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Looking for a neat technical book on mathematics/physics as a gift

dexterdexter Registered User regular
edited January 2012 in Help / Advice Forum
A good friend of mine has been very kind to me through university, and he's just come to the very end of his PhD in mathematics. I know his area was analysis, and he did some mathematical physics too. I'm looking to give him a really nice book on one of these topics, mathematical physics would be really cool too. Something along the lines of "Road to Reality" by Penrose, or the Feynman lectures (he already has both of these). Thanks for any advice, I'd really appreciate it.

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dexter on

Posts

  • TychoCelchuuuTychoCelchuuu ___________PIGEON _________San Diego, CA Registered User regular
    I would actually suggest a more generic gift: the chances of him getting to the end of a PhD without owning the majority of books about his field that he wants to own are pretty slim. You're likely to duplicate something he already has if you hew too closely to this specific interest.

  • Chop LogicChop Logic Registered User regular
    BAM

    http://www.amazon.com/gp/aw/d/0802778135/ref=redir_mdp_mobile

    GAME OVER.

    I can personally guarentee any true science/math nerd would love this book, it's one of the best books I own, and the odds of him having it already are really small.

  • Pure DinPure Din Boston-areaRegistered User regular
    omg, I know this isn't a book, but if your friend is at all a person who loves desk things check this out: http://bathsheba.com/

    I would love one of those things as a phd present and I'm not even doing my phd in math.

  • ClipseClipse Registered User regular
    edited February 2012
    As TychoCelchuuu said, trying to give him a book in his field is going to be a minefield since he almost certainly owns or is familiar with the renowned works in that area. I think you should veer towards general mathematics texts, and there are two different tacks you can take there:

    Non-technical novels:
    A Mathematician's Apology by G.H. Hardy is probably the single most important non-technical work regarding mathematics; the only reason I don't simply tell you "buy this!" is that I'm worried he would already have it -- I studied math, and most of my colleagues had read this book as an undergrad or earlier.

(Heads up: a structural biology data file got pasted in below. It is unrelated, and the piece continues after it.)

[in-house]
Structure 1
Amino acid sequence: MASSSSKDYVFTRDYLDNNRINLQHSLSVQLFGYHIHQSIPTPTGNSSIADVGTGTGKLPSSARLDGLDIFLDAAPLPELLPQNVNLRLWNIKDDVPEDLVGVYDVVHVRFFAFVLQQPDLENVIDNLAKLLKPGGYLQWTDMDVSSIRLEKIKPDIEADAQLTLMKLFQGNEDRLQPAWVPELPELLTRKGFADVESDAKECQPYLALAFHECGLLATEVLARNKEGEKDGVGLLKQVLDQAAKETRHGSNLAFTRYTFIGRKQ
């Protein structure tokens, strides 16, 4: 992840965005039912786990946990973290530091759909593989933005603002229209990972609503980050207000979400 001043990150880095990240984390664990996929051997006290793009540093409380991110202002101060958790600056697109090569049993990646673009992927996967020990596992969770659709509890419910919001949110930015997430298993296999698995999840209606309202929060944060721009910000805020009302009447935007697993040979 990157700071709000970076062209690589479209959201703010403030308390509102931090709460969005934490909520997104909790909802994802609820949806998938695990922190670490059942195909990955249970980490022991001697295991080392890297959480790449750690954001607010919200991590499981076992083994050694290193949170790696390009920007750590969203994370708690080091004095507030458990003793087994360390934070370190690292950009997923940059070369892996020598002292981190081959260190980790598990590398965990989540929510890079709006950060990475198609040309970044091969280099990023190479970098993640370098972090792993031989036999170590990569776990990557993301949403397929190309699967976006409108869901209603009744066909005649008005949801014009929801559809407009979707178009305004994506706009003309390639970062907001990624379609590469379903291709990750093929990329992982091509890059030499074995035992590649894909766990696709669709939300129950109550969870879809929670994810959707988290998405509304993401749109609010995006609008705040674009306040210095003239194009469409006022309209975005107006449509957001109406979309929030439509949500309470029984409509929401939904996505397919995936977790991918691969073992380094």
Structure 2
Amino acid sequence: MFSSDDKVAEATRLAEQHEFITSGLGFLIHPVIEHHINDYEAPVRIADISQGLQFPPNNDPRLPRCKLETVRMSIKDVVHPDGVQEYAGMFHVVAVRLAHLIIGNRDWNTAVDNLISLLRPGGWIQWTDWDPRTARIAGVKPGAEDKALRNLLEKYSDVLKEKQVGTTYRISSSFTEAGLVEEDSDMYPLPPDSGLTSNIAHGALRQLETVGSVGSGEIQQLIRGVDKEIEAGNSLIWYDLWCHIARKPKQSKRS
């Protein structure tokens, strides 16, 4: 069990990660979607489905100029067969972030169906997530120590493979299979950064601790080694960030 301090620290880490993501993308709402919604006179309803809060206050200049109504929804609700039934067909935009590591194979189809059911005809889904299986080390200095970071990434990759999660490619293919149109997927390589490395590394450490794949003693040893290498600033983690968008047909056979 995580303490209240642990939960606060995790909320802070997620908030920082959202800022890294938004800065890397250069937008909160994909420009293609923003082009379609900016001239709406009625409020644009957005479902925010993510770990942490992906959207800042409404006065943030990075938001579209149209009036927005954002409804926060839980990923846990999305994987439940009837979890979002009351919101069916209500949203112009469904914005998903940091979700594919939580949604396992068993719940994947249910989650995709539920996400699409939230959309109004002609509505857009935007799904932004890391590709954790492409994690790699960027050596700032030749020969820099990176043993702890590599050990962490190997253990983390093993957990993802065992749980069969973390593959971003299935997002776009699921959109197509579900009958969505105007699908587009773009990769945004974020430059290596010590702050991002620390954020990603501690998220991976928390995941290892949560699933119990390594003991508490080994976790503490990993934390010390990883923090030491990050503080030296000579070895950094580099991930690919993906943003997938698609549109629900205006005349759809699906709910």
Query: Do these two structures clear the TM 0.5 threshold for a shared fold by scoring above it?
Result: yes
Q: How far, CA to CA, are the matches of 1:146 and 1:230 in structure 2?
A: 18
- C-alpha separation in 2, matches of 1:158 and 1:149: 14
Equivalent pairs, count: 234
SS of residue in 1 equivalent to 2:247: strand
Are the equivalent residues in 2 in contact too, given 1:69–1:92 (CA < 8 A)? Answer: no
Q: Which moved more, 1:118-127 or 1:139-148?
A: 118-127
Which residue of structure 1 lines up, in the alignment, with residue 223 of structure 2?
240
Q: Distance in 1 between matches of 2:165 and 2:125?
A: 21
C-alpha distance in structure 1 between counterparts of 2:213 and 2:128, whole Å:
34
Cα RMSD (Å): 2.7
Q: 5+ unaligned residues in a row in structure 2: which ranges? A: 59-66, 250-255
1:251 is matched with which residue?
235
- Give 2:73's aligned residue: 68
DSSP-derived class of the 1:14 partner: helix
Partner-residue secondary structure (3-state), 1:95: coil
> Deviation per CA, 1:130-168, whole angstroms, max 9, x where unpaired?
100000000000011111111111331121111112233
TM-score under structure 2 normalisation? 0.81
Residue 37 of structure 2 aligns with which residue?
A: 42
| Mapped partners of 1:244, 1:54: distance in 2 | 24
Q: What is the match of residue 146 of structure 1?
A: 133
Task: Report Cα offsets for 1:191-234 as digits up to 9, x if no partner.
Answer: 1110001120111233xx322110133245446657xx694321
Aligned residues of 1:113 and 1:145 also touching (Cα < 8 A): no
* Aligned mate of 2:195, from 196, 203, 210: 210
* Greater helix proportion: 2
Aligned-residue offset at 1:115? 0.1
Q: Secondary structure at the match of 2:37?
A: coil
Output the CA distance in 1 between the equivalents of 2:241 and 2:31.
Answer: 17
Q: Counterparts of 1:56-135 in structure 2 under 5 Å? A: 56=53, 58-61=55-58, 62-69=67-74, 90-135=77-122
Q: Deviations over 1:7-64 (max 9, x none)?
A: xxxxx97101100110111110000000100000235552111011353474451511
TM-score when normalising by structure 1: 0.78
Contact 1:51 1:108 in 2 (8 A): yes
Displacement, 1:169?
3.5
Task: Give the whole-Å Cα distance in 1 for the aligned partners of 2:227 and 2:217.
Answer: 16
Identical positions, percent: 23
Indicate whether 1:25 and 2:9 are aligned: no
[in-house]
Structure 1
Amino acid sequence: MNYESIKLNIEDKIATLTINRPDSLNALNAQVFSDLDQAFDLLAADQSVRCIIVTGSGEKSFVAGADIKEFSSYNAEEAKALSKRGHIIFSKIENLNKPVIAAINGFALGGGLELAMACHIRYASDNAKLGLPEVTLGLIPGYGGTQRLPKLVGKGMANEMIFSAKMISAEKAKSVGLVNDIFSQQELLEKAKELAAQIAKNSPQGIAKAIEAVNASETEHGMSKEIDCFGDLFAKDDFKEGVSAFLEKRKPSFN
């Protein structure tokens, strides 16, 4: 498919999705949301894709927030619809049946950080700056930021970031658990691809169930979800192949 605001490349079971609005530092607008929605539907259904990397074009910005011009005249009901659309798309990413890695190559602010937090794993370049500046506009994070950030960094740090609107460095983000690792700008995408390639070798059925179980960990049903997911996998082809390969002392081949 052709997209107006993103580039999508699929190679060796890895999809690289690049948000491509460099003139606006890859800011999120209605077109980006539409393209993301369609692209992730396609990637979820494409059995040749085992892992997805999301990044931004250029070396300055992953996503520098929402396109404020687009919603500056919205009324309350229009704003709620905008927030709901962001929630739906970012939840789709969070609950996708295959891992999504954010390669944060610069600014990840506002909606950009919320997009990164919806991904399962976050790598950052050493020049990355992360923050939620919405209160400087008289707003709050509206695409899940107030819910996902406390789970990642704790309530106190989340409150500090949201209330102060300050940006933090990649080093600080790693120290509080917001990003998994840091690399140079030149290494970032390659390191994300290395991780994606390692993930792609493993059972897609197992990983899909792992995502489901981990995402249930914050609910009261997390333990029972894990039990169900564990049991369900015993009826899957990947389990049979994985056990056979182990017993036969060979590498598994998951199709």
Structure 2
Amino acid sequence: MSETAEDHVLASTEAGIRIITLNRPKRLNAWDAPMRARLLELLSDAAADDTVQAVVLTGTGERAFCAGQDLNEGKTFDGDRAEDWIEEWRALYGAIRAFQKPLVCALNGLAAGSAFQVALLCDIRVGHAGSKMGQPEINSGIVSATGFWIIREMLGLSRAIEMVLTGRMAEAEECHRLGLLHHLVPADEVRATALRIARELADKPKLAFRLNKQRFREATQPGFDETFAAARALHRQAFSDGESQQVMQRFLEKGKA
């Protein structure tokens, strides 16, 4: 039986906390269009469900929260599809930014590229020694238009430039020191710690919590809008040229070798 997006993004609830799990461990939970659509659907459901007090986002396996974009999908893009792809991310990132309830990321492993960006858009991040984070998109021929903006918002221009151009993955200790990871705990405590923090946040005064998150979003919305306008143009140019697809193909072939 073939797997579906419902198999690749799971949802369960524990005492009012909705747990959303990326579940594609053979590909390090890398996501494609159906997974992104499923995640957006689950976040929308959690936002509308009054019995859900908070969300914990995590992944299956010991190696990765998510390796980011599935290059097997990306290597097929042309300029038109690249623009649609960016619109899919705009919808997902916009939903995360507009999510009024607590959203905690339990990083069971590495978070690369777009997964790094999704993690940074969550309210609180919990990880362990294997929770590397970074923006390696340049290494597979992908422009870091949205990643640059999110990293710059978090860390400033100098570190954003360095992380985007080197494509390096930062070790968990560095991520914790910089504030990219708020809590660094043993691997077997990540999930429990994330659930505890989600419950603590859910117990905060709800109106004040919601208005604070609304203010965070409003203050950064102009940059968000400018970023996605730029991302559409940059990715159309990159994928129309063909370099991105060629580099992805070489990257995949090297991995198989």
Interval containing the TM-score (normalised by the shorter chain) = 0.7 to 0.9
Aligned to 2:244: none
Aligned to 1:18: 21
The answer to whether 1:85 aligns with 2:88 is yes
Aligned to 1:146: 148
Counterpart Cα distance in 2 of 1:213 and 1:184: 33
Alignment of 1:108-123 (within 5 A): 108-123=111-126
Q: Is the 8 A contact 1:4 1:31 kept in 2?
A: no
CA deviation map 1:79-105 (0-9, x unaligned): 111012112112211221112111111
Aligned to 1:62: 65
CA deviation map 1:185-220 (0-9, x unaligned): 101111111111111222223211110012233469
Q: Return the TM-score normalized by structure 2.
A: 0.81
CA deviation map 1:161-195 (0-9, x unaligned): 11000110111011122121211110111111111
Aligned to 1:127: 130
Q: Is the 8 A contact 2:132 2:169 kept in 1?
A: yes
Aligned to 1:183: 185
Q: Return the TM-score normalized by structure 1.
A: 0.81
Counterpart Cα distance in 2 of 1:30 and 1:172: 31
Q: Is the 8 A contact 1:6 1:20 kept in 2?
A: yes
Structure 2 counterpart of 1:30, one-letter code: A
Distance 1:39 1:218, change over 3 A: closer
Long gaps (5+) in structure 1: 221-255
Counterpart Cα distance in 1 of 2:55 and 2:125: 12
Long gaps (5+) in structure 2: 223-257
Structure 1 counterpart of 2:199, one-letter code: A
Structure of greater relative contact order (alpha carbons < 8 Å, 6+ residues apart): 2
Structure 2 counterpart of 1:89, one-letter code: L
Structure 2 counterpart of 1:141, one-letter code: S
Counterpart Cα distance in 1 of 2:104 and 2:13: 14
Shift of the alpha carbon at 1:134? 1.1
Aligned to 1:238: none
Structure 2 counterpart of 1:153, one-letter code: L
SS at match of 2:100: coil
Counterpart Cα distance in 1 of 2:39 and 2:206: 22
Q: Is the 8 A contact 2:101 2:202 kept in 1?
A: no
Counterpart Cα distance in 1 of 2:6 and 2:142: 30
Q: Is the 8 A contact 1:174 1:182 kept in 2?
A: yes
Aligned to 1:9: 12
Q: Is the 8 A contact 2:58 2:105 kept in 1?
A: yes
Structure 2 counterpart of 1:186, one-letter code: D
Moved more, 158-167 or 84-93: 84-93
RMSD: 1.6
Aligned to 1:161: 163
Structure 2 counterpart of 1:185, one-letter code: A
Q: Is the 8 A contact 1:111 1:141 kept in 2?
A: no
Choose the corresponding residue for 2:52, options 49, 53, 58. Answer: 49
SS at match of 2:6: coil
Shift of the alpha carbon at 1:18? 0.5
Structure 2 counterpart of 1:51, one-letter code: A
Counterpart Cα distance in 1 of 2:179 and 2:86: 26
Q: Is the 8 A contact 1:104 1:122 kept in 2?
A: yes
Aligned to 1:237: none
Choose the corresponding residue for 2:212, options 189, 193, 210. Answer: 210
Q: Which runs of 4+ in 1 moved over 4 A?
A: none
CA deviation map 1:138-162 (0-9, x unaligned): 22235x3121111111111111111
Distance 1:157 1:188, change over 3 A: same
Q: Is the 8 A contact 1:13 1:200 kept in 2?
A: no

The Man Who Loved Only Numbers by Paul Hoffmann is a superb biography of one of the most influential (and eccentric) mathematicians of the 20th century (Paul Erdos). It's a phenomenal read and less well-known than the previous recommendation.

    General (but interesting!) Technical works:
    Mathematics and Plausible Reasoning by Polya is a fairly well-known text that touches upon aesthetics of mathematics without veering too far into philosophy or pop-sci (as such texts are wont to do). There is also a second volume of this released a few years ago which I am not familiar with and cannot vouch for.
    Proofs from The Book by Martin Aigner is a collection of incredibly elegant proofs from a wide variety of fields. In addition to being generally very good (I discovered this book as a grad student and was nevertheless impressed by many of the proofs presented), it makes an excellent pairing with "The Man Who Loved Only Numbers", as the title is a reference to Erdos' myth of a Book which contains the most elegant proof of every theorem.

    Clipse on
  • dexterdexter Registered User regular
    Thank you all for your advice, greatly appreciated. I was aware of the fact he might very well own a lot of the books I might think to buy him - but I do know him relatively well and I know mates of his who can drop subtle questions for me.

    Clipse, I found your technical works suggestions especially interesting. Thank you very much, I think both those books would be a fantastic gift and right up his ally!

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